What Happens to NAR and the Industry If They Lose the Bombshell Lawsuits? (Part 1)

by | Aug 16, 2023 | Clear Cooperation Policy | 0 comments


The recent ruling by U.S. District Court Judge Patti Saris in the Nosalek case against MLS Pin put the real estate industry on notice that the clear cooperation rule needs to go. The most explosive damage to NAR and the overall industry would be if the defendants (NAR, Anywhere, Home Services of America, Keller Williams, and RE/MAX) were to lose one or both so-called bombshell lawsuits (Burnett/Spitzer and Moerhl).

I recently interviewed the CEO and co-founder of Next Home, James Dwiggins, whose company did over $12 billion in sales in 2022. To be prepared for the worst-case scenario, Dwiggins put together a comprehensive risk assessment examining potential outcomes from the current litigation as well as what their impact might be.

Nosalek—the canary in the coalmine
In terms of the Nosalek settlement, which was pegged at $3 million, Saris was unhappy that the attorneys would be getting the bulk of the money with the members of the class getting less than $5.00 per person.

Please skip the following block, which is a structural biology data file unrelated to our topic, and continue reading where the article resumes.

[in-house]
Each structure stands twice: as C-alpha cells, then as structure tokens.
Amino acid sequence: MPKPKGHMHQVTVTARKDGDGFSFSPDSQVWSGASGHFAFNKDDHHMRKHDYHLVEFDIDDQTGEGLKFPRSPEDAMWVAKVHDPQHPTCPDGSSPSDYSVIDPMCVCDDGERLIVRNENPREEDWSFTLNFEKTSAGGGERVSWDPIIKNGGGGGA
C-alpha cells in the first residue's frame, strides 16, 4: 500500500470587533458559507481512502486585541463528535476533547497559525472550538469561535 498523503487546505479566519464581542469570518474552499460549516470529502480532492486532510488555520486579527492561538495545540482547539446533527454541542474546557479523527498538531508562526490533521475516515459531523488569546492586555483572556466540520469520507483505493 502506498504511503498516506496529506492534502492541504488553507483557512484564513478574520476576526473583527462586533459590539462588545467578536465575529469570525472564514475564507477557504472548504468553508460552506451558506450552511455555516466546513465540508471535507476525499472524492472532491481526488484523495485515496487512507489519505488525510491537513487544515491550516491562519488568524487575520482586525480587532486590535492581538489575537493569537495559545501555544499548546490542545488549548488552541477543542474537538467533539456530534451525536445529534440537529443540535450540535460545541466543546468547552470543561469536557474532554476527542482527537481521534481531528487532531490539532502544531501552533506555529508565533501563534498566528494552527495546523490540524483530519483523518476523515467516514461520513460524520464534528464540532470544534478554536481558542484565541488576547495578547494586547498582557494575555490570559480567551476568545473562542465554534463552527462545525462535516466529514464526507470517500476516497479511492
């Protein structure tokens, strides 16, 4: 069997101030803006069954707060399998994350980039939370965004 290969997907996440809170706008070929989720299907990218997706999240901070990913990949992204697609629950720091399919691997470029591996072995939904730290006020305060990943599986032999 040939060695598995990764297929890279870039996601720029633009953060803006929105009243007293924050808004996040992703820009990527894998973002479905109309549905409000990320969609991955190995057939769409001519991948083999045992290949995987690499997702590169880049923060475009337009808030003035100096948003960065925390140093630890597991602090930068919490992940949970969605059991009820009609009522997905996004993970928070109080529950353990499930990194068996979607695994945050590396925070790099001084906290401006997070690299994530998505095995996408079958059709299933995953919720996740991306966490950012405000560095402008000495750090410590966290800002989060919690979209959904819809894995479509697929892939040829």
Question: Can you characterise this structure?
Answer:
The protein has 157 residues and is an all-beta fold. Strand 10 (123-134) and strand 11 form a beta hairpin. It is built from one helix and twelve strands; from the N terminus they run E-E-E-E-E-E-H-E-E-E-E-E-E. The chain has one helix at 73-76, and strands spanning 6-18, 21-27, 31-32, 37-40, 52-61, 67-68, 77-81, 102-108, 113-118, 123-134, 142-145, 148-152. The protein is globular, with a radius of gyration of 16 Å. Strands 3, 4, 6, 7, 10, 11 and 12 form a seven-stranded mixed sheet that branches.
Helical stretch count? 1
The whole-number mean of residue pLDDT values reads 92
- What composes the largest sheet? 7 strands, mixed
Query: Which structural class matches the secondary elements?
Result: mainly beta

Nevertheless, Saris was clear about her feelings about the clear cooperation rule, saying she “loves” the proposed rule changes in the settlement that would make offering compensation to buyer brokers optional.

Saris also said. “I had problems with that [rule], so I denied the motion to dismiss, and I think two other courts did as well.”

A quick overview of Burnett/Sitzer and Moerhl
Both suits allege that NAR conspired with Anywhere, Home Services of America, Keller Williams, and RE/MAX to inflate commissions through the Buyer Broker Commission Rule, a term that doesn’t exist in any NAR documentation and that the Moerhl attorneys made up.

The reference is to the guidelines in MLS Policy Statement 7.23 and the Code of Ethics that govern commission sharing on the MLS. The complaint alleges that these policies have resulted in price competition among brokers being restrained and seeks damages:

The Buyer-Broker Commission Rule ensures that price competition among buyer brokers is restrained because the person retaining the buyer broker, the buyer, does not negotiate or pay his or her broker’s commission. In addition, the seller’s inflated commission offer cannot be reduced by buyers or their brokers, as Defendants also prohibit buyer brokers from making home purchase offers contingent on the reduction of the buyer broker commission.

Burnett/Spitzer claims that defendants conspired to inflate commissions by requiring all seller brokers to “make a blanket, unilateral and effectively non-negotiable offer of buyer broker compensation.”